“Cooperate,” the professor said, moving strings.
The man still flopped like a fish on dry land, but the professor seemed to appreciate his efforts more, because there was no punishment this time.
“In case the implication isn’t clear,” the professor said, “we’re not working alongside these rebels.”
“I had no plans to. On that note, it might be better to do something with the rebel leader,” I said. I indicated the man in question.
Berger looked over, then came to a decision. He pulled back on the string, forcing the convulsions, and then pried the bug off.
The bandit he’d been working on seized, the process not stopping, as Berger knelt by the bandit leader.
“This should do,” he said.
“Sure,” I said. I was still recovering, myself.
“You’ll get us out of here. I’ll supply what you need for Caterpillar. You’ll let us go, rather than ransom us.”
“Us?” I asked.
He turned his head. I looked.
Standing in the doorway, watching, were two small children. Eleven or so. One boy, one girl, roughly the same age.
“My daughter and nephew,” he said. “You’ll save them or you won’t get my cooperation on any front.”
“There are others to save,” I said. “I have comrades downstairs. They’re captive, and watched by a crowd.”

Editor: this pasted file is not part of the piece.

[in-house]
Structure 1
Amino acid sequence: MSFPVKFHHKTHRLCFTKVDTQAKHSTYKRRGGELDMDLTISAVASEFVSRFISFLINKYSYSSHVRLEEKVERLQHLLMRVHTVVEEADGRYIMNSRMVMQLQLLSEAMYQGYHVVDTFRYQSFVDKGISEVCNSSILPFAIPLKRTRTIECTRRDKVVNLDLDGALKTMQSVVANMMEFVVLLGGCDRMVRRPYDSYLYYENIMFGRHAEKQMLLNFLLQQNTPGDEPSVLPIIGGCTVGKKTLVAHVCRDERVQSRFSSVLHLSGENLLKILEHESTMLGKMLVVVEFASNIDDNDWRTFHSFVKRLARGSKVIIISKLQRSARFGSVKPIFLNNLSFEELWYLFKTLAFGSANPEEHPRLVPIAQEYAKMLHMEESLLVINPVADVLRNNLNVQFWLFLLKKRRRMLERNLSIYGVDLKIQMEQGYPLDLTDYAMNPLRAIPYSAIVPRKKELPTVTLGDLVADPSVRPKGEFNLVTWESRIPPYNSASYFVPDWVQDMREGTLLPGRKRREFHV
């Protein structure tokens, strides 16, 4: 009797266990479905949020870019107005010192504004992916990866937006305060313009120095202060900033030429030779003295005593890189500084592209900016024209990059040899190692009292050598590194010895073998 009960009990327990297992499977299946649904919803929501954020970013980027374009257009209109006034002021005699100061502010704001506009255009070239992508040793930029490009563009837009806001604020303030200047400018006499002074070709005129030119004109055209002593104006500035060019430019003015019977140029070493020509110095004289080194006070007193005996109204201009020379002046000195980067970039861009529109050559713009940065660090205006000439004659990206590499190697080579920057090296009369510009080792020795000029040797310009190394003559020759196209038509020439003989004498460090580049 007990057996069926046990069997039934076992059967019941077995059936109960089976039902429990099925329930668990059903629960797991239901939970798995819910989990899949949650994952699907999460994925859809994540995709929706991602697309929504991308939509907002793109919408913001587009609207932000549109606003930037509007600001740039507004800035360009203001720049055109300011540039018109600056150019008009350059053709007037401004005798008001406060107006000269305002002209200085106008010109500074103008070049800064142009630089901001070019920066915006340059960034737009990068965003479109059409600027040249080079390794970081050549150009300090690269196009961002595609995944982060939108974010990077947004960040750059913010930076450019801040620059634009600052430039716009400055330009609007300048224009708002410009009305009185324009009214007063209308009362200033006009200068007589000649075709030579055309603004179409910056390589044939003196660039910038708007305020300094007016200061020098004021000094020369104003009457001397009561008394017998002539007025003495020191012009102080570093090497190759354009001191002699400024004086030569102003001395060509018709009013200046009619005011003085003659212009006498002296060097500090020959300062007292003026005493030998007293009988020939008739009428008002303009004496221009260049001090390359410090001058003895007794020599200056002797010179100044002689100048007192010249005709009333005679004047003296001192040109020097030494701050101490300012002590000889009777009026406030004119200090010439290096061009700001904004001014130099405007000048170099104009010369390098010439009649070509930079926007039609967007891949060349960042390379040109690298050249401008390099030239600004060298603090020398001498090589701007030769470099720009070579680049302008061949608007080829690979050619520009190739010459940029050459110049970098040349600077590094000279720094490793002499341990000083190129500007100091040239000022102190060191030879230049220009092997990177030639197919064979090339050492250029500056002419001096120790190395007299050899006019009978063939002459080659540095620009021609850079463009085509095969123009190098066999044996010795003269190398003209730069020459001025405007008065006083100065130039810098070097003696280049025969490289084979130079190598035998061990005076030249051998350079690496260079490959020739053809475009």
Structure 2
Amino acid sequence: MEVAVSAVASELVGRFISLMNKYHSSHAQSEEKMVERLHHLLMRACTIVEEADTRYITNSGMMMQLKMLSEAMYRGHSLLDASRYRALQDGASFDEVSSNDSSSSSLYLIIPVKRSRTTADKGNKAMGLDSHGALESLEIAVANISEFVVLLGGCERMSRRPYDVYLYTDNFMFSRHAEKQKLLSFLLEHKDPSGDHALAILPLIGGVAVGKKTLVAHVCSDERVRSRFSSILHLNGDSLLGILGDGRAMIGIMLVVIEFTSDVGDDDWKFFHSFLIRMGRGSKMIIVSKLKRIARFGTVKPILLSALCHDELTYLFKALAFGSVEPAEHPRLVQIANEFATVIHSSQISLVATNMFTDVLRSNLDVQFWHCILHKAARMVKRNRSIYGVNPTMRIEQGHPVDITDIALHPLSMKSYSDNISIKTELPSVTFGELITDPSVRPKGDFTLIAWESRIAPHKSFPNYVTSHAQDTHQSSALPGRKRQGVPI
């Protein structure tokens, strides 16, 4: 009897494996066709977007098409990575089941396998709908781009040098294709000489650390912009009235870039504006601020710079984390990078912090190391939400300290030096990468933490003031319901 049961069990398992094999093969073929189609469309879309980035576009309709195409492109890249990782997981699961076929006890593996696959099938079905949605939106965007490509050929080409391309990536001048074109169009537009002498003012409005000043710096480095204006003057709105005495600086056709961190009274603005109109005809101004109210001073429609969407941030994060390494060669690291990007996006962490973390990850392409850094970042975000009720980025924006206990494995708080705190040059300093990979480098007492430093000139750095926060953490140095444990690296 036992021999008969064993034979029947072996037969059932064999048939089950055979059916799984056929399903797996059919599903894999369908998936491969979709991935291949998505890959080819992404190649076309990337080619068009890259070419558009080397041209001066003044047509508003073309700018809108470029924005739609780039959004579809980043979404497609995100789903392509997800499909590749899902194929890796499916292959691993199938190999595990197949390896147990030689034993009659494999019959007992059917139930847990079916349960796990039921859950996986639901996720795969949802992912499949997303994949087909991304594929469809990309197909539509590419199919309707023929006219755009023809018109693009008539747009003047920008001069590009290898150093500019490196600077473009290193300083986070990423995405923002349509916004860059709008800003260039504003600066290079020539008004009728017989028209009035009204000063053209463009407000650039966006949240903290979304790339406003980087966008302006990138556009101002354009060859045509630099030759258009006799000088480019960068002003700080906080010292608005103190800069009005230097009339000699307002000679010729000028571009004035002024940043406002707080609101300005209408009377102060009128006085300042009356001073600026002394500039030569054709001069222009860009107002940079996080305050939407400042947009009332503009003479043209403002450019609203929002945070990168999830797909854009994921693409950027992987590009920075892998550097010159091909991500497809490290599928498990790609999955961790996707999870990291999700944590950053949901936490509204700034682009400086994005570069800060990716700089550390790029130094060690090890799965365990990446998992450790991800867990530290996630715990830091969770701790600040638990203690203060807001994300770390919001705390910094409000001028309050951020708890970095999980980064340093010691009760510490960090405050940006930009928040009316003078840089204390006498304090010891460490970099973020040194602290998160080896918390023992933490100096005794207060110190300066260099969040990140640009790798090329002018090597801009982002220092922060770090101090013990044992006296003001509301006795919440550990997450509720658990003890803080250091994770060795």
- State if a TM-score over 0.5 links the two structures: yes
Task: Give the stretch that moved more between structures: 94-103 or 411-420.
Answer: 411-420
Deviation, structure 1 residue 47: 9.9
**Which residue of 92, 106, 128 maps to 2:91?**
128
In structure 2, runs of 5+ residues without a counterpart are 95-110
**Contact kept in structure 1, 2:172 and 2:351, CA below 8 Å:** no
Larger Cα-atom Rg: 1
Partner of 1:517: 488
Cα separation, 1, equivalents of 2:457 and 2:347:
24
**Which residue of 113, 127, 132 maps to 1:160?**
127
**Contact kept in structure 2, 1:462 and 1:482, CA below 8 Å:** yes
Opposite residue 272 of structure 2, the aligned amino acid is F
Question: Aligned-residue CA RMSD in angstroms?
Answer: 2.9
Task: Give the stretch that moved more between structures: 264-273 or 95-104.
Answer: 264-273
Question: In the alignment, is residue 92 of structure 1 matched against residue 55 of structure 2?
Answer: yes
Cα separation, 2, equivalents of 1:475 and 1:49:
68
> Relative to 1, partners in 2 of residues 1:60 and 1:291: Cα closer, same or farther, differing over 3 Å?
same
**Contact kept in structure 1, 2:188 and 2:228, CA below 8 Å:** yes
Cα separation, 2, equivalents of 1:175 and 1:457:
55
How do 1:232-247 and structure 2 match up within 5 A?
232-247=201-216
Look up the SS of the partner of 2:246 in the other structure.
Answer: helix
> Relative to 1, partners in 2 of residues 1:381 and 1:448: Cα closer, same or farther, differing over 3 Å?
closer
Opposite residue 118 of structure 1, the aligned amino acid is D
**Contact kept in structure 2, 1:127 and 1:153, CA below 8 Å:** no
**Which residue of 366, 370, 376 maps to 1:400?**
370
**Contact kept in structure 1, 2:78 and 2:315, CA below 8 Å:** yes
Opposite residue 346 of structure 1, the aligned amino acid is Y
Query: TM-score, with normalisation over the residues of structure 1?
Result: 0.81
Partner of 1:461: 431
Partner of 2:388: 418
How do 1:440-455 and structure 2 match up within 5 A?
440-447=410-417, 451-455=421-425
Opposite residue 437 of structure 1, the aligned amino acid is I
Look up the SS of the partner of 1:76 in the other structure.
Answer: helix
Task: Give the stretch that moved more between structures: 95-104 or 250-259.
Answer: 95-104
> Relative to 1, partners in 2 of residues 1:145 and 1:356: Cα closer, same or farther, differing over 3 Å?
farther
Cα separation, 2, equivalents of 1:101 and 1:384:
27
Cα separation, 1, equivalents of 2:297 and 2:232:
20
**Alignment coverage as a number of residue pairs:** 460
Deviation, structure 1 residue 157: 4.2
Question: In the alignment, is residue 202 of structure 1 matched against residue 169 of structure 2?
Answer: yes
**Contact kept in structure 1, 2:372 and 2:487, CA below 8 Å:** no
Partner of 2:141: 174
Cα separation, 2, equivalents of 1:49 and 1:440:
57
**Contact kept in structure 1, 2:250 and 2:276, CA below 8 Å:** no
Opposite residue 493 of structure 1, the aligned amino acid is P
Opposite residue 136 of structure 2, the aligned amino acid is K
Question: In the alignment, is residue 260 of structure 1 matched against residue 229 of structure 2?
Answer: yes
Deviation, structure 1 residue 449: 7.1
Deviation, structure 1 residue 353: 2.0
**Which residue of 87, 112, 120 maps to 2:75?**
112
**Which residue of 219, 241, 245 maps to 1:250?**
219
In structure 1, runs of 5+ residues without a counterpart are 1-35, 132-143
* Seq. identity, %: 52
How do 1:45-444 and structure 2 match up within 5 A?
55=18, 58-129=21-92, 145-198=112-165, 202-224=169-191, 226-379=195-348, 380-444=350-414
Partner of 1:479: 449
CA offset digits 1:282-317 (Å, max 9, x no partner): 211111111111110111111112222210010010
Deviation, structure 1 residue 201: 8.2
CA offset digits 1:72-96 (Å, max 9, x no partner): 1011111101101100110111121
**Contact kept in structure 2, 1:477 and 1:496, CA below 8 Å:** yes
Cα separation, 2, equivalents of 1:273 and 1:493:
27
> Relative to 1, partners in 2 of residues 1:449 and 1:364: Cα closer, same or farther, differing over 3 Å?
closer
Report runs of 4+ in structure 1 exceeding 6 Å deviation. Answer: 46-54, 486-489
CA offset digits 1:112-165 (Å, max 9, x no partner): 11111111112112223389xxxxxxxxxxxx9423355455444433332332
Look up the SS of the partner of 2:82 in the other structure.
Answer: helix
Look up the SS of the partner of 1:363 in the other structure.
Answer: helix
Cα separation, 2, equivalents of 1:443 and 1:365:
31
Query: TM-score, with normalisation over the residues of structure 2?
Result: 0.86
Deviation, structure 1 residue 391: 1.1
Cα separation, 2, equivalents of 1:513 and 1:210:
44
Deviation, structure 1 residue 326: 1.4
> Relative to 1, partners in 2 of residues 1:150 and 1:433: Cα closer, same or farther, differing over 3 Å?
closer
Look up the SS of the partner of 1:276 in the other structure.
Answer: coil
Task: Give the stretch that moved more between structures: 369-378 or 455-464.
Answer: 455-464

“If I thought I could deal with all of the rebels I’d seen before retreating to safety up here, I’d have done it myself. We’re not equipped to deal with a small army. Reconsider,” the Professor said.
I wondered if Pierre had caught wind of the children. It was no secret I tried to protect children when given the chance. If he’d told me, combined it with the knowledge that this was an Academy professor with valuable information…
I was disappointed he hadn’t told me.
“We’ll save everyone we can,” I said, trying to sound more confident than I was.
“As you wish,” Professor Berger said.
“I don’t suppose you can make him say what we need him to say?”
Professor Berger shook his head.
Then, while his daughter and nephew watched, he pulled on a string and gave the instruction, “Cooperate.”